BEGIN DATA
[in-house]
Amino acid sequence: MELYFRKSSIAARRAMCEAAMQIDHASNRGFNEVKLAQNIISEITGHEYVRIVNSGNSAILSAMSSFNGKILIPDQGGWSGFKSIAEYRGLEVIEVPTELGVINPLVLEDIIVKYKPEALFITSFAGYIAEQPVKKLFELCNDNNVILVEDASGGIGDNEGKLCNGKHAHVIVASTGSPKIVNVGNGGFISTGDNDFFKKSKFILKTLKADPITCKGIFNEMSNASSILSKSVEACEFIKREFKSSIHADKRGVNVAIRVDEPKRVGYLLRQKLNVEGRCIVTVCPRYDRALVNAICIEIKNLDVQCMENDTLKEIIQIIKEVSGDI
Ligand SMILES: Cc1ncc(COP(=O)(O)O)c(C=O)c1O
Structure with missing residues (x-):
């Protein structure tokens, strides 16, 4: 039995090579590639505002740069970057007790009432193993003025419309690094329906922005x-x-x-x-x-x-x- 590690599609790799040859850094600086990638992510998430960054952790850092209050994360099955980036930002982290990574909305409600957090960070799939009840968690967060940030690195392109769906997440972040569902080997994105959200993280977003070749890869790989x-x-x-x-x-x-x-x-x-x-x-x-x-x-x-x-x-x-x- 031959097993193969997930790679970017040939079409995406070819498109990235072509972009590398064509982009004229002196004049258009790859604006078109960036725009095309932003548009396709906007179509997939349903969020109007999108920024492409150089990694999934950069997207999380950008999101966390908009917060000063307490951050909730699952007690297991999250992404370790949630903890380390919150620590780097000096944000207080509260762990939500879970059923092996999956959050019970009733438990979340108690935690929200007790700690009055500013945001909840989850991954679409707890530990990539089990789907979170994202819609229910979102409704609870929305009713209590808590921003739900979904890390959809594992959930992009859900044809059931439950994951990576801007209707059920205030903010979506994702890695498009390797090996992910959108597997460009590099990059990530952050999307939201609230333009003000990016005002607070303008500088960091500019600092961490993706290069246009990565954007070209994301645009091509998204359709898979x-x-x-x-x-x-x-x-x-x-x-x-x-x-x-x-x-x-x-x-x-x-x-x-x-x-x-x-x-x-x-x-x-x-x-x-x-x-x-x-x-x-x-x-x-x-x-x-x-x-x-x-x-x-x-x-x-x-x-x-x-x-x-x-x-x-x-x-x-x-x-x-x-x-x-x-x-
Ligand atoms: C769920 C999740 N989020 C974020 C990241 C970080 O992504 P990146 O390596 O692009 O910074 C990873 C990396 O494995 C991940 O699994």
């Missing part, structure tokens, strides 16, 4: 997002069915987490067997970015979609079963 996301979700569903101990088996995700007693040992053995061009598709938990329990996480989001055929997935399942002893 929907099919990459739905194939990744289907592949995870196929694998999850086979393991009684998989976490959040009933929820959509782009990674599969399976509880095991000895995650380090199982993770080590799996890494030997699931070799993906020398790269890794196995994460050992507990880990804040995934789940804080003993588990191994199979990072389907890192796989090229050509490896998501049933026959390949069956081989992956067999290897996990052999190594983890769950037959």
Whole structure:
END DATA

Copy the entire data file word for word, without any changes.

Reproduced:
[in-house]
Amino acid sequence: MELYFRKSSIAARRAMCEAAMQIDHASNRGFNEVKLAQNIISEITGHEYVRIVNSGNSAILSAMSSFNGKILIPDQGGWSGFKSIAEYRGLEVIEVPTELGVINPLVLEDIIVKYKPEALFITSFAGYIAEQPVKKLFELCNDNNVILVEDASGGIGDNEGKLCNGKHAHVIVASTGSPKIVNVGNGGFISTGDNDFFKKSKFILKTLKADPITCKGIFNEMSNASSILSKSVEACEFIKREFKSSIHADKRGVNVAIRVDEPKRVGYLLRQKLNVEGRCIVTVCPRYDRALVNAICIEIKNLDVQCMENDTLKEIIQIIKEVSGDI
Ligand SMILES: Cc1ncc(COP(=O)(O)O)c(C=O)c1O
Structure with missing residues (x-):
């Protein structure tokens, strides 16, 4: 039995090579590639505002740069970057007790009432193993003025419309690094329906922005x-x-x-x-x-x-x- 590690599609790799040859850094600086990638992510998430960054952790850092209050994360099955980036930002982290990574909305409600957090960070799939009840968690967060940030690195392109769906997440972040569902080997994105959200993280977003070749890869790989x-x-x-x-x-x-x-x-x-x-x-x-x-x-x-x-x-x-x- 031959097993193969997930790679970017040939079409995406070819498109990235072509972009590398064509982009004229002196004049258009790859604006078109960036725009095309932003548009396709906007179509997939349903969020109007999108920024492409150089990694999934950069997207999380950008999101966390908009917060000063307490951050909730699952007690297991999250992404370790949630903890380390919150620590780097000096944000207080509260762990939500879970059923092996999956959050019970009733438990979340108690935690929200007790700690009055500013945001909840989850991954679409707890530990990539089990789907979170994202819609229910979102409704609870929305009713209590808590921003739900979904890390959809594992959930992009859900044809059931439950994951990576801007209707059920205030903010979506994702890695498009390797090996992910959108597997460009590099990059990530952050999307939201609230333009003000990016005002607070303008500088960091500019600092961490993706290069246009990565954007070209994301645009091509998204359709898979x-x-x-x-x-x-x-x-x-x-x-x-x-x-x-x-x-x-x-x-x-x-x-x-x-x-x-x-x-x-x-x-x-x-x-x-x-x-x-x-x-x-x-x-x-x-x-x-x-x-x-x-x-x-x-x-x-x-x-x-x-x-x-x-x-x-x-x-x-x-x-x-x-x-x-x-x-
Ligand atoms: C769920 C999740 N989020 C974020 C990241 C970080 O992504 P990146 O390596 O692009 O910074 C990873 C990396 O494995 C991940 O699994």
């Missing part, structure tokens, strides 16, 4: 997002069915987490067997970015979609079963 996301979700569903101990088996995700007693040992053995061009598709938990329990996480989001055929997935399942002893 929907099919990459739905194939990744289907592949995870196929694998999850086979393991009684998989976490959040009933929820959509782009990674599969399976509880095991000895995650380090199982993770080590799996890494030997699931070799993906020398790269890794196995994460050992507990880990804040995934789940804080003993588990191994199979990072389907890192796989090229050509490896998501049933026959390949069956081989992956067999290897996990052999190594983890769950037959």
Whole structure: